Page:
There's no reason for border poll in event of hard Brexit, says Boris Johnson
The Prime Minister has ruled out a border poll despite Sinn Fein demands for one in the event of a no-deal Brexit and hard border.
Boris Johnson said: "I don't think there is any reason for a border poll."
And he stated that alternatives to the backstop must be based on the consent of "the people of Northern Ireland and the government of Northern Ireland".
In an interview with the BBC yesterday, he said the role he envisages for Northern Ireland politicians in approving an alternative to the backstop was a reason why it would be "fantastic" if power-sharing was restored to Stormont.
The Prime Minister insisted that the Withdrawal Agreement was unacceptable. "The problem with the existing arrangements is that the decision-making power is kept by the EU," he said.
"The EU effectively can keep us locked into the customs union and the single market."
Ruling out a border poll, Mr Johnson said: "Northern Ireland is in so many ways doing so well.
"Yes, there are disappointments like Wrightbus but the overall story in tech, in investment, the growth of exporting businesses ... Northern Ireland is exporting stuff around the world.
"We want to champion that and turbo-charge that."
Meanwhile DUP MP Sammy Wilson threw his weight behind Mr Johnson's Brexit strategy.
Speaking in the House of Commons, he said the Prime Minister could negotiate a deal which would be voted down "by those who do not want us to leave the clutches of the EU". Or Mr Johnson could "crawl to Brussels begging to be allowed to stay at the cost of £1bn a month".
The DUP MP said the "courageous thing" for Labour and the Liberal Democrats would be to agree to an election and allow the people to pass their judgment.
"If it was not for the fact that the scaredy-cats on the opposition benches are running away from the electorate, they would be calling for an election today," he said.
But independent unionist MP Lady Sylvia Hermon said she was "extremely concerned" that the Government viewed a no-deal Brexit as acceptable.
Such a scenario would have "very serious consequences" for Northern Ireland, she warned.
"The consequences will be, if there is any hardening of the border between Northern Ireland and the Republic of Ireland, it will incentivise dissident republicans who are already attacking the PSNI," she said.
"It will incentivise them to even greater violence along the border, and with that there will be a backlash, certainly a reaction, from loyalists.
"I don't predict that with any pleasure at all. I think that this Government should be aware of the consequences of a no-deal in Northern Ireland."
Her comments drew anger from the DUP with East Londonderry MP Gregory Campbell shouting "disgraceful" and "outrageous" as she spoke.
Meanwhile, the Prime Minister called for tempers to cool after furious scenes in the Commons when he was accused of stoking violence around Brexit.
He refused to apologise for describing attempts to block a no-deal break with the EU as the "surrender act". But he acknowledged that he would have to be able to "reach out" to opposition MPs if he was to secure their support for any new deal he negotiated with the EU.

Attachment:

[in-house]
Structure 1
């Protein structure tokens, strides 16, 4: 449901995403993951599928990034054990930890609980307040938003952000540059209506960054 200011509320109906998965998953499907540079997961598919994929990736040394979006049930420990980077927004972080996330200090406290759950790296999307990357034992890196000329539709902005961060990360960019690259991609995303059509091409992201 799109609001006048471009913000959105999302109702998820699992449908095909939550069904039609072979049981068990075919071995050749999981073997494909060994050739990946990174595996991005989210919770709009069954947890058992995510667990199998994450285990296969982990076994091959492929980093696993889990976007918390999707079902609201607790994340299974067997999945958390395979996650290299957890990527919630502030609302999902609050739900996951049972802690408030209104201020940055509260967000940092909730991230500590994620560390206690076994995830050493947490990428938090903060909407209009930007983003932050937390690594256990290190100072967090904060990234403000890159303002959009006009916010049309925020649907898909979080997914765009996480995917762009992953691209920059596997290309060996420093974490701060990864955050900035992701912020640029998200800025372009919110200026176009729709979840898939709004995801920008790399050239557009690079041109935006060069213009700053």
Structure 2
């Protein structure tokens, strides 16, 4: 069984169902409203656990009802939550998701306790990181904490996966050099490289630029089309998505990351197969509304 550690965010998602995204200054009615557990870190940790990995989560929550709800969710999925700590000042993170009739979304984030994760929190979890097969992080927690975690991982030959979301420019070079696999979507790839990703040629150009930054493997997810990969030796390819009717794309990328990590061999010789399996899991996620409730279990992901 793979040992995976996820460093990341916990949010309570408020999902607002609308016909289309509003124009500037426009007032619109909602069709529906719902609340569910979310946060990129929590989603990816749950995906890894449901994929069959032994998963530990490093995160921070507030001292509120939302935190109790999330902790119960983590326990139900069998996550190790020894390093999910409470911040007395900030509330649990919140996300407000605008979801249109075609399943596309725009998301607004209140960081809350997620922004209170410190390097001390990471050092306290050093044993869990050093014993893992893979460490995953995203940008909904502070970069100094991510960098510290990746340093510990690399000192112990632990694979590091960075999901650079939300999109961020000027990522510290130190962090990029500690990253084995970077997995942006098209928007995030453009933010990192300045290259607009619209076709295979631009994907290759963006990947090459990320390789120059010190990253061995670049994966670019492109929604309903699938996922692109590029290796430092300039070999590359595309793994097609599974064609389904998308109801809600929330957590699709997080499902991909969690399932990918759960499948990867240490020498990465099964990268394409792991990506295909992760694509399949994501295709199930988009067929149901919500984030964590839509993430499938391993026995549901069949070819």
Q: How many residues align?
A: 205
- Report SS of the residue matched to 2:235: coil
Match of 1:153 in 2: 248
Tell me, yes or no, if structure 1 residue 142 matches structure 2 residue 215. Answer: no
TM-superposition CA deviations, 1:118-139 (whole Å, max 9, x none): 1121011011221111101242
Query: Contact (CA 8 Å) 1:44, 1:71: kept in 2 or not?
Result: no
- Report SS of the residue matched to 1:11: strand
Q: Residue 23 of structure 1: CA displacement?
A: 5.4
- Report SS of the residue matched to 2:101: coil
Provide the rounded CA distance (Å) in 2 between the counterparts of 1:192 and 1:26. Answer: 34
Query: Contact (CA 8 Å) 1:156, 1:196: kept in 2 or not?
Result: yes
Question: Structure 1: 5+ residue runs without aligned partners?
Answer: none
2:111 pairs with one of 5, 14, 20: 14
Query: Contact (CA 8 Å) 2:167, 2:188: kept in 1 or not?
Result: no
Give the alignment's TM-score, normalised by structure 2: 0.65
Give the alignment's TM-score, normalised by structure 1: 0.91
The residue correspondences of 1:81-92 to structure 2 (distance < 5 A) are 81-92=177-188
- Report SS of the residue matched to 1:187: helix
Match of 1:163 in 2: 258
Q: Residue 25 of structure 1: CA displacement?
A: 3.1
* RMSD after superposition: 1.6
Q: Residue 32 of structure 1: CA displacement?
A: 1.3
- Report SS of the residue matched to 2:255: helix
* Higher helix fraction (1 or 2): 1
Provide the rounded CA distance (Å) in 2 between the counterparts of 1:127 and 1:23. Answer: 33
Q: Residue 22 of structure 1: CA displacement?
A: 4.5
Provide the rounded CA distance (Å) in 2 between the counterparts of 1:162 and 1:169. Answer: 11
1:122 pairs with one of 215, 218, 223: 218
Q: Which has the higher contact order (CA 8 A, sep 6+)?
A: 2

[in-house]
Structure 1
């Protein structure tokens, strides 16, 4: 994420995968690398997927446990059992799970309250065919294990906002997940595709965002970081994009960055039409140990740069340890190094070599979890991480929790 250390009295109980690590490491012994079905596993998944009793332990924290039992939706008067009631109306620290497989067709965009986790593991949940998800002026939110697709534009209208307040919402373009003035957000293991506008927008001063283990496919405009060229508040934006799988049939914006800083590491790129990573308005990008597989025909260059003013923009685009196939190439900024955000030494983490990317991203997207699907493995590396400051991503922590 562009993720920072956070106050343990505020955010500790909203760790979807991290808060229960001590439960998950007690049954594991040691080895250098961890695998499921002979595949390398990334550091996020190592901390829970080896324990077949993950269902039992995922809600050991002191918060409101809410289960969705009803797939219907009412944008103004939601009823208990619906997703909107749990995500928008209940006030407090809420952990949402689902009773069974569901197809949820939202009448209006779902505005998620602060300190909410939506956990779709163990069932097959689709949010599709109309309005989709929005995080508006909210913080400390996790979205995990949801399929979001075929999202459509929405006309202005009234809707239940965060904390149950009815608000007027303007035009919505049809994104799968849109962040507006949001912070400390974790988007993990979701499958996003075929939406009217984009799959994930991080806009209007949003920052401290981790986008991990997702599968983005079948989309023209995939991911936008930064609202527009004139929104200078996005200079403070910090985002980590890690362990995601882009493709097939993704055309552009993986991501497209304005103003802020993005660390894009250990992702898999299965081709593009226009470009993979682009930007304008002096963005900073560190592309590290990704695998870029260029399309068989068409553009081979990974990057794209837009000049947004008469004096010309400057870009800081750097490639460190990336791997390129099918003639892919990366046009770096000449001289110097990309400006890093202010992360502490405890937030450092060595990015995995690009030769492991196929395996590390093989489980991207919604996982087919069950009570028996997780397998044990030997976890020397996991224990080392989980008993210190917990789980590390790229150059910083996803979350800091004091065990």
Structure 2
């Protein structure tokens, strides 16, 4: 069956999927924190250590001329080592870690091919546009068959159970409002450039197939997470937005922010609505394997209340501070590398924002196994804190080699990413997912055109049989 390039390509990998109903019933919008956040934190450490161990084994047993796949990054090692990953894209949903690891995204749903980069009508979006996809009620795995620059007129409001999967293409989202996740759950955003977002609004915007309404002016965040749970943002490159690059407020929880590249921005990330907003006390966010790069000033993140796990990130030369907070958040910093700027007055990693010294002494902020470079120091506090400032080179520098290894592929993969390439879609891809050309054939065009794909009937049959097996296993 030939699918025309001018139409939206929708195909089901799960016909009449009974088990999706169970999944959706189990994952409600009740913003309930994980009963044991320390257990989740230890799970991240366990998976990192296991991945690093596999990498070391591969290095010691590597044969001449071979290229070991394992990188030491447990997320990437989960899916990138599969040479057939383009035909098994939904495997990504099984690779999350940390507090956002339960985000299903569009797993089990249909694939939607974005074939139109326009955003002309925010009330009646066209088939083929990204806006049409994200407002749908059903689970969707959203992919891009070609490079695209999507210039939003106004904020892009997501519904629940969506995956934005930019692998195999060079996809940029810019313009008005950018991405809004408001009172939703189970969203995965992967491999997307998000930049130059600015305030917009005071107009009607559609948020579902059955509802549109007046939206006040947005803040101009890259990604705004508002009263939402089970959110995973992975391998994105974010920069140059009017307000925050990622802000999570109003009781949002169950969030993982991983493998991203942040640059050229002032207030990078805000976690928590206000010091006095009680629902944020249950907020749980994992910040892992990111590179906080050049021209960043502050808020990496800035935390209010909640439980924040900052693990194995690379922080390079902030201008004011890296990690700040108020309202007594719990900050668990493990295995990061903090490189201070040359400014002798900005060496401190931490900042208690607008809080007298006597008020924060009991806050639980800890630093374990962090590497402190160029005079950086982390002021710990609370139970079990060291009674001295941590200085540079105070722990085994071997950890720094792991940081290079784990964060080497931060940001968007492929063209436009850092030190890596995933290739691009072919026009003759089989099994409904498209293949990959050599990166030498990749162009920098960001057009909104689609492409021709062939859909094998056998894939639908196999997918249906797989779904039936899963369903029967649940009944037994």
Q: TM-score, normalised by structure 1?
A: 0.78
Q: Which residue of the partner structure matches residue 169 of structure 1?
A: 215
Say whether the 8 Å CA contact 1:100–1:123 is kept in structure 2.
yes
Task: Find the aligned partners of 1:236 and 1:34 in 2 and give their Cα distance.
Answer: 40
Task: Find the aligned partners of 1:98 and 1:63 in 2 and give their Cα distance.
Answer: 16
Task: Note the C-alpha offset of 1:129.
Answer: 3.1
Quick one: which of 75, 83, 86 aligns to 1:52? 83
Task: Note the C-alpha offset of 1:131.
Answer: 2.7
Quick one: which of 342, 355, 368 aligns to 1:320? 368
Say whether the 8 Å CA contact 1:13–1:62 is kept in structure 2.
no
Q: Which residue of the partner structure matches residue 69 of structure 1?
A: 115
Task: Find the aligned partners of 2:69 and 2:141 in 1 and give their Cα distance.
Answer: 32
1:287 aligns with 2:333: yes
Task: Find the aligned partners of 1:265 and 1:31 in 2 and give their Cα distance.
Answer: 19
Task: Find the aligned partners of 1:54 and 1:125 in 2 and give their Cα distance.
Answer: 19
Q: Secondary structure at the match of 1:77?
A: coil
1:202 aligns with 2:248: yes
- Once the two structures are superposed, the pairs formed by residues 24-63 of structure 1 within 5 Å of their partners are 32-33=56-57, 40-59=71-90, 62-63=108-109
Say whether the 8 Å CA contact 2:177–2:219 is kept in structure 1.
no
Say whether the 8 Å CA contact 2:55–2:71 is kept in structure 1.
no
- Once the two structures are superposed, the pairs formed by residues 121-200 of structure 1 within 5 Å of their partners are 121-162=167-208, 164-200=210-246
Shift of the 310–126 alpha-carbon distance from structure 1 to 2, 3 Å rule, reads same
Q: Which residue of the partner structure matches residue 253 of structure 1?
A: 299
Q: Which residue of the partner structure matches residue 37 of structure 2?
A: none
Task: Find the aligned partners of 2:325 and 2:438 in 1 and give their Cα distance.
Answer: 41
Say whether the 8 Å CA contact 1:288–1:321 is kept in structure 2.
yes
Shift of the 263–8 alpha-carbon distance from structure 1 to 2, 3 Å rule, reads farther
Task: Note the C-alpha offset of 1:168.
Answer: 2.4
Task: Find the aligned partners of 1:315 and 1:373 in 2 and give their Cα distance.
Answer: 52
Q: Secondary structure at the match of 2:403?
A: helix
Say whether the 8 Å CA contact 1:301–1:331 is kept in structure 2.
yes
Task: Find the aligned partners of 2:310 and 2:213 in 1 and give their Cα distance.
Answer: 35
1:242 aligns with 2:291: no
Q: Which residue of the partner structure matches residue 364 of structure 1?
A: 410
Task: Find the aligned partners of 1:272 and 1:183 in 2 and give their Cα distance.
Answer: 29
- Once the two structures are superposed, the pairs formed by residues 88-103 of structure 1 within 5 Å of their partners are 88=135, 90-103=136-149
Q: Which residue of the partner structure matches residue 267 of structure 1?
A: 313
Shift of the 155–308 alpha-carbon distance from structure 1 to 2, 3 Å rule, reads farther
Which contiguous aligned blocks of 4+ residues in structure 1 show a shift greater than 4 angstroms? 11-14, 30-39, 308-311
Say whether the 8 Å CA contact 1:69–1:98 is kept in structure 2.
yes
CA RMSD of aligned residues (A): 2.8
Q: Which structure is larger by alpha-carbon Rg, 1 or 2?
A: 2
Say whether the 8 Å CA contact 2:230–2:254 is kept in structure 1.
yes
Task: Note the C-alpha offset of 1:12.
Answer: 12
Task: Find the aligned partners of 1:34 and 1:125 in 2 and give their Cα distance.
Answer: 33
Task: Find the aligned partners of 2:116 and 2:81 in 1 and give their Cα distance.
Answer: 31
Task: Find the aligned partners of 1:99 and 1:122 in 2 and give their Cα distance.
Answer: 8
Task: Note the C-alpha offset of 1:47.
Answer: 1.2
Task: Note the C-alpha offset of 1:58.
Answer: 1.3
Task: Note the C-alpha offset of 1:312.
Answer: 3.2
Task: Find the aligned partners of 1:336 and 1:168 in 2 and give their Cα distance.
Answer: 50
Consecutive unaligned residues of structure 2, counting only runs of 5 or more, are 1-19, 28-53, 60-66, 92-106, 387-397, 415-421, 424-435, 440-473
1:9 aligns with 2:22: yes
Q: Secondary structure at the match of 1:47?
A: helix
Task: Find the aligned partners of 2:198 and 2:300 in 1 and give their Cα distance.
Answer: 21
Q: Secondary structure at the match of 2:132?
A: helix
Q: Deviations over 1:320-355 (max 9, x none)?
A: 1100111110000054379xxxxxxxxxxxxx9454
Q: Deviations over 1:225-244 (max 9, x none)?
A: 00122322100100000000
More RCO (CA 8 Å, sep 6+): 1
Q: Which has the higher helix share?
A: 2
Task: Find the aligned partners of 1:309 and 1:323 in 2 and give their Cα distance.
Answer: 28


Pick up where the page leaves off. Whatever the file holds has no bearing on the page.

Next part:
"I need to reach out across the House of Commons," he told the BBC. "I think it is fair enough to call the 'surrender act' what it is. But we do need to bring people together, and get this thing done.
"Tempers need to come down, and people need to come together because it's only by getting Brexit done that you'll lance the boil of the current anxiety and we will be able to get on with the domestic agenda."
Mr Johnson faced a backlash after he dismissed as "humbug" a complaint by a Labour MP that his "inflammatory" rhetoric risked provoking attacks on politicians.
He further angered the opposition by suggesting that the best way to honour murdered MP Jo Cox - an ardent Remainer - was to "get Brexit done".
Opposition party leaders meeting at Westminster agreed Mr Johnson's language in the Commons chamber on Wednesday was "unacceptable" and reaffirmed their determination to prevent a no-deal "crash out" on October 31.
Labour leader Jeremy Corbyn said the Prime Minister's use of terms like "betrayal" and "surrender" risked driving some people to "unbelievable extremes".
He said: "The Prime Minister's language is encouraging people to behave in a disgraceful and abusive way to other public figures. I've witnessed it myself on the streets in this country."
Last night, Dominic Cummings said it is "not surprising" that some voters are angry after Boris Johnson was criticised for stoking fury over Brexit.
The PM's senior adviser added that the only way the issue of threats and abuse will be solved is if MPs "respect" the result of the EU referendum.
When Mr Cummings was asked if he blamed MPs for the abuse, he replied: "The MPs said we will have a referendum, we will respect the result and then they spent three years swerving all over the shop. It is not surprising some people are angry about it. I find it very odd that these characters are complaining that people are unhappy about their behaviour now and they also say they want a referendum."
He added: "If you are a bunch of politicians and say that we swear we are going to respect the result of a democratic vote, and then after you lose you say, we don't want to respect that vote, what do you expect to happen?"